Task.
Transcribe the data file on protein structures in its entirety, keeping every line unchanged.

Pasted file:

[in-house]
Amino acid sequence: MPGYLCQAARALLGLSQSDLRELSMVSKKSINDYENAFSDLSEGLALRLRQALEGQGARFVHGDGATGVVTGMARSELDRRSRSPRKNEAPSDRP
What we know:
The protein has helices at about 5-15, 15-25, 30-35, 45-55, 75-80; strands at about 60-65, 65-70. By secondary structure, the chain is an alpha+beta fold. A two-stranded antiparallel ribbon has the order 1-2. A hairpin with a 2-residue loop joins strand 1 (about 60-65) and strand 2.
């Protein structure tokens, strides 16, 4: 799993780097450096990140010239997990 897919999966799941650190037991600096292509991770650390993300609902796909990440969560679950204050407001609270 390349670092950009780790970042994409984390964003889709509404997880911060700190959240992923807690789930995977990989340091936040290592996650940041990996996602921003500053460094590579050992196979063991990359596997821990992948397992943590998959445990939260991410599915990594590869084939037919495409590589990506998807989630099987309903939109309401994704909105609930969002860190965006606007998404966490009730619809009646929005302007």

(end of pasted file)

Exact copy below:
[in-house]
Amino acid sequence: MPGYLCQAARALLGLSQSDLRELSMVSKKSINDYENAFSDLSEGLALRLRQALEGQGARFVHGDGATGVVTGMARSELDRRSRSPRKNEAPSDRP
What we know:
The protein has helices at about 5-15, 15-25, 30-35, 45-55, 75-80; strands at about 60-65, 65-70. By secondary structure, the chain is an alpha+beta fold. A two-stranded antiparallel ribbon has the order 1-2. A hairpin with a 2-residue loop joins strand 1 (about 60-65) and strand 2.
């Protein structure tokens, strides 16, 4: 799993780097450096990140010239997990 897919999966799941650190037991600096292509991770650390993300609902796909990440969560679950204050407001609270 390349670092950009780790970042994409984390964003889709509404997880911060700190959240992923807690789930995977990989340091936040290592996650940041990996996602921003500053460094590579050992196979063991990359596997821990992948397992943590998959445990939260991410599915990594590869084939037919495409590589990506998807989630099987309903939109309401994704909105609930969002860190965006606007998404966490009730619809009646929005302007």